Splash Crash next?
Remember last year when the market dropped 10% in a matter of minutes. SPX futures traded with 10 handles spread, stocks would move 10, 20, 30% in a couple of minutes. That was the Flash Crash. Next up is the Splash Crash, another crash, but this time involving all correlated assets, equities, currencies, commodities and bonds. Below from Barrons;
Last year’s Flash Crash was a hair-raising experience for stock and commodities investors—comparable to the sudden descent of a large airliner from 38,000 feet to tree-top level, followed by an equally sudden and steep ascent.
A trillion dollars in equity vanished in minutes, as stock futures, exchange-traded funds and equities plunged. I’ve recently heard from a computer-trading expert warning of the very real possibility of a more widespread and catastrophic “splash crash,” a dislocation by high-speed trading computers that could simultaneously splash across many more asset classes and markets. Imagine our metaphorical jet buried in the earth up to its tail.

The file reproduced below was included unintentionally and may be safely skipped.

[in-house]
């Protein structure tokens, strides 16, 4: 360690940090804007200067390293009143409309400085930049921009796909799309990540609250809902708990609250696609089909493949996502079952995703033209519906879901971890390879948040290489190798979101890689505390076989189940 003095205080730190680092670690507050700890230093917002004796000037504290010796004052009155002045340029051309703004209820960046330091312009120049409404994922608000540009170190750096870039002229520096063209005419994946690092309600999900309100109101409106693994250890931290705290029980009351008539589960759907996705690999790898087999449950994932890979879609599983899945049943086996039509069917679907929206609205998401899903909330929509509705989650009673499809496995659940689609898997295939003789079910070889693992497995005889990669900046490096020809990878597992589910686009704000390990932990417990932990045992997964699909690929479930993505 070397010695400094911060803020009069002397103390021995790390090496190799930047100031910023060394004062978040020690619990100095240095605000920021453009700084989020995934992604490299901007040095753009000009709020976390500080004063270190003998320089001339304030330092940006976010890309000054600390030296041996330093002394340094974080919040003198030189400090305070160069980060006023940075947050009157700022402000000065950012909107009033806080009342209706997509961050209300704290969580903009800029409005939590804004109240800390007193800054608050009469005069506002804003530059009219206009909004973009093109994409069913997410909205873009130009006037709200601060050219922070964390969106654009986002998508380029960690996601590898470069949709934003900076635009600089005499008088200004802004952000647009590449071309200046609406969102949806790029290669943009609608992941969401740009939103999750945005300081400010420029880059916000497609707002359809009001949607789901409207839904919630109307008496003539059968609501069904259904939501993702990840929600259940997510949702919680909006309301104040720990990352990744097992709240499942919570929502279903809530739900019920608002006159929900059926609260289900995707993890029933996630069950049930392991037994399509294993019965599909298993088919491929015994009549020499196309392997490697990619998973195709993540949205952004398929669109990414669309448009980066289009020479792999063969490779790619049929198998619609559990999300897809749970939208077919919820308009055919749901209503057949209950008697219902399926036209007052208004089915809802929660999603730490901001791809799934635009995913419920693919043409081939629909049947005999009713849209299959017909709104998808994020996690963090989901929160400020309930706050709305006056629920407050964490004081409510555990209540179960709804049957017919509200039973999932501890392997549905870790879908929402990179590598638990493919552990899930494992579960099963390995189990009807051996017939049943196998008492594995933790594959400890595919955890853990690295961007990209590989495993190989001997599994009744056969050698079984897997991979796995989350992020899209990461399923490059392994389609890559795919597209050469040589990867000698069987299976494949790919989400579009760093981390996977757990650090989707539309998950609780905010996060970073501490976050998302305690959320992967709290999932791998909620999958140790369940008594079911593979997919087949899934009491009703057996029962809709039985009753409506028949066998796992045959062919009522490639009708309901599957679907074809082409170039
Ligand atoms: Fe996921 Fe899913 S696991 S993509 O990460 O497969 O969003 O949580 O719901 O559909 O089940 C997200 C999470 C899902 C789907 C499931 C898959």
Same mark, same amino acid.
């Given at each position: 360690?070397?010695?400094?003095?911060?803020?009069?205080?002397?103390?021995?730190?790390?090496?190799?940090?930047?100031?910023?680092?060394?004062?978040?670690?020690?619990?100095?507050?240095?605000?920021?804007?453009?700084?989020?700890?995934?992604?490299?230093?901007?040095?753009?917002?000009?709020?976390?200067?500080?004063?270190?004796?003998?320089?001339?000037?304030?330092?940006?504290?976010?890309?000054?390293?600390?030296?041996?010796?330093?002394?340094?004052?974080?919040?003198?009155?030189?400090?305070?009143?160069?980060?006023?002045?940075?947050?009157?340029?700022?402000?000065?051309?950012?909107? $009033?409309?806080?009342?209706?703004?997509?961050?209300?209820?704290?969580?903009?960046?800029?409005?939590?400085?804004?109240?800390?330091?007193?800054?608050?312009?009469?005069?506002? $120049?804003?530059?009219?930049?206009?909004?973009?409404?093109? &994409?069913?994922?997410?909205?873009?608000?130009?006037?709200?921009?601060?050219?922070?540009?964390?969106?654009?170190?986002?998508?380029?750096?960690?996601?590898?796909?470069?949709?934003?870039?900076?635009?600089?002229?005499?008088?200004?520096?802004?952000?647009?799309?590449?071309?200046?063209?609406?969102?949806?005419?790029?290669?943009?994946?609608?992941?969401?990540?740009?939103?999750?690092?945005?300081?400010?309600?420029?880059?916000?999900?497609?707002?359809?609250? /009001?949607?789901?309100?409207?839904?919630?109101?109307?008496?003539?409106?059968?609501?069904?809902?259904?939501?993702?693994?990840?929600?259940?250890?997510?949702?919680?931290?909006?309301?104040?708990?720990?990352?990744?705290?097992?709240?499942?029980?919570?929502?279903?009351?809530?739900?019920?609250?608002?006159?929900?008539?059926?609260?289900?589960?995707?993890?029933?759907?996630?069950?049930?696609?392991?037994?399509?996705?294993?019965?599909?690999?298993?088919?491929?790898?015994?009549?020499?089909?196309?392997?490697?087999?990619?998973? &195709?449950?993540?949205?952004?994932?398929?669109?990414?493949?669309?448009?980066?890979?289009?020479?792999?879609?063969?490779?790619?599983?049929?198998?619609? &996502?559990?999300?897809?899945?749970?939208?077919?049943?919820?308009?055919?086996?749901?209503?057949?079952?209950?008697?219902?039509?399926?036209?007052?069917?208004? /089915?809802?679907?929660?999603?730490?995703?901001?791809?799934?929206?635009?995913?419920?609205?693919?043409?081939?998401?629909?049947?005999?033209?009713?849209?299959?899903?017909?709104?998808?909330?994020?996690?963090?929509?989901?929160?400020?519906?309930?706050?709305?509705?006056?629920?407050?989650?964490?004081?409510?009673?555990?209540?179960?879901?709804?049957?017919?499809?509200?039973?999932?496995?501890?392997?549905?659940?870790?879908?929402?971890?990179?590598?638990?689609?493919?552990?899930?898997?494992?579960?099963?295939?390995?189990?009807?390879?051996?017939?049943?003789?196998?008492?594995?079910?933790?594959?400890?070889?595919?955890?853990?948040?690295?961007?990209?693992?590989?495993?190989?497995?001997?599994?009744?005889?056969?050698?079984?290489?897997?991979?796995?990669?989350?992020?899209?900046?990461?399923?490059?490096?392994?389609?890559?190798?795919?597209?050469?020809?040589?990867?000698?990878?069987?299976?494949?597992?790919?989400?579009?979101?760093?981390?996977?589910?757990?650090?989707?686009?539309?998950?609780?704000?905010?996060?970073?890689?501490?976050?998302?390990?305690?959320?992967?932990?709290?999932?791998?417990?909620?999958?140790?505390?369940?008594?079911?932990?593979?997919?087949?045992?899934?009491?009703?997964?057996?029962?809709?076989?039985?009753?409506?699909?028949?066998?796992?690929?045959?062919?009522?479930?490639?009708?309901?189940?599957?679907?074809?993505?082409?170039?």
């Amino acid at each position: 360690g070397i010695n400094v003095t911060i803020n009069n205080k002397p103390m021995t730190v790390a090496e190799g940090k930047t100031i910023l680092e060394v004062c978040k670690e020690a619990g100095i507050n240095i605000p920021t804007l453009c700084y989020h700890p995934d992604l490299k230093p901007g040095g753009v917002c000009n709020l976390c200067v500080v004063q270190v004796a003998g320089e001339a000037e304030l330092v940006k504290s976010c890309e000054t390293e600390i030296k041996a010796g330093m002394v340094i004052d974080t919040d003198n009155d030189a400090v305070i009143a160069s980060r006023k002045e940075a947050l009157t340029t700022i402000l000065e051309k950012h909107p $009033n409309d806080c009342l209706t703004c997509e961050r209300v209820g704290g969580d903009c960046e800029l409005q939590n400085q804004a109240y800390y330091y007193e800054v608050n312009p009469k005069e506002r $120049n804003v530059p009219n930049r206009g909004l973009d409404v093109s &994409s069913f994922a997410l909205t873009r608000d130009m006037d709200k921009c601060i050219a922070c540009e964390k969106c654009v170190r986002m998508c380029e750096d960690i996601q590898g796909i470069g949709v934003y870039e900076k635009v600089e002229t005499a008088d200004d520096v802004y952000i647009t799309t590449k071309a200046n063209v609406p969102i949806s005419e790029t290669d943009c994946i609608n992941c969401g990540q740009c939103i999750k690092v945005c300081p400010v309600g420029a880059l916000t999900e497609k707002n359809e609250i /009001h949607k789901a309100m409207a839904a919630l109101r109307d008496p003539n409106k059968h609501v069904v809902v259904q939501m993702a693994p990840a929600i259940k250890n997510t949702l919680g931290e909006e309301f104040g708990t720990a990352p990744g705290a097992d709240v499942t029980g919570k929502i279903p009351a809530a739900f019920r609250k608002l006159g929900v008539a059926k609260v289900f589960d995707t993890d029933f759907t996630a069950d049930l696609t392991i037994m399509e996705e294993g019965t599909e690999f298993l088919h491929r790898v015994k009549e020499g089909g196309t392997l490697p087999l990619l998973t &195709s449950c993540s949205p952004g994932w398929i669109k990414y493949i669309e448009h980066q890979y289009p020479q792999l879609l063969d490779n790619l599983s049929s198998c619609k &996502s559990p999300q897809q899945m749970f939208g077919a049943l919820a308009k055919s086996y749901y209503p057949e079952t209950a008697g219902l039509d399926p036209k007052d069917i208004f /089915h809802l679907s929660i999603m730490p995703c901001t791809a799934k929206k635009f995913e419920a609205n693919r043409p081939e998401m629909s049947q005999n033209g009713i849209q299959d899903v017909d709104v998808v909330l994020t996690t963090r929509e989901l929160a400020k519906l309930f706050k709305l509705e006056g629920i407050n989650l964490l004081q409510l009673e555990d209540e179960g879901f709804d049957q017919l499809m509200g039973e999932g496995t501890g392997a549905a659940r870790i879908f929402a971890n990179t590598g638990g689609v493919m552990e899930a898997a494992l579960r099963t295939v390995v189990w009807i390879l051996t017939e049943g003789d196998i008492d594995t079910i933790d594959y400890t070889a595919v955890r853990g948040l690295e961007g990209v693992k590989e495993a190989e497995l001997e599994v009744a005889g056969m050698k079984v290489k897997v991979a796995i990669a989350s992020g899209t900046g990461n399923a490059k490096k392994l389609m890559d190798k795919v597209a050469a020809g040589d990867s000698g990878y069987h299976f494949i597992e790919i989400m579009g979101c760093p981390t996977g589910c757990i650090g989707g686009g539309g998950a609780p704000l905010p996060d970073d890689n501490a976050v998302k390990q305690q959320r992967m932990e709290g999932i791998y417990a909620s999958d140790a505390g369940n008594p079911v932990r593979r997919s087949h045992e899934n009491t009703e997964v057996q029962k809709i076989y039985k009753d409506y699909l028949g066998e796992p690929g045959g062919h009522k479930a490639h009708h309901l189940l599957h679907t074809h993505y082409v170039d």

Oversight of robotic trading is so slight that regulators have little idea of itsimpact. Progress Software’s Bates frets that, absent more oversight, terrorists wielding the smart machines could attack the markets in an attempt to cripple our economy. Regulators counter that it would be much more difficult for hackers to infiltrate a stock exchange than, say, a company like Sony (SNE), the recent victim of a crippling criminal cyber attack. But it isn’t impossible. Imagine an agent working for a foreign government infiltrating a firm that owns robots and infecting one or more of the machines with a malicious virus.
“You almost need something like a Norad [the joint U.S.-Canadian North American Aerospace Defense Command]… for the markets,” Bates says. Because some 15% of the U.S. economy is based on financial services and the markets, they should be protected on the basis of national security, he asserts. This is arguable. Other experts opine that the Securities and Exchange Commission is more lacking in manpower than technology and that it could stay fairly on top of the market with a hundred more mathematicians, as opposed to a billion-dollar supercomputer.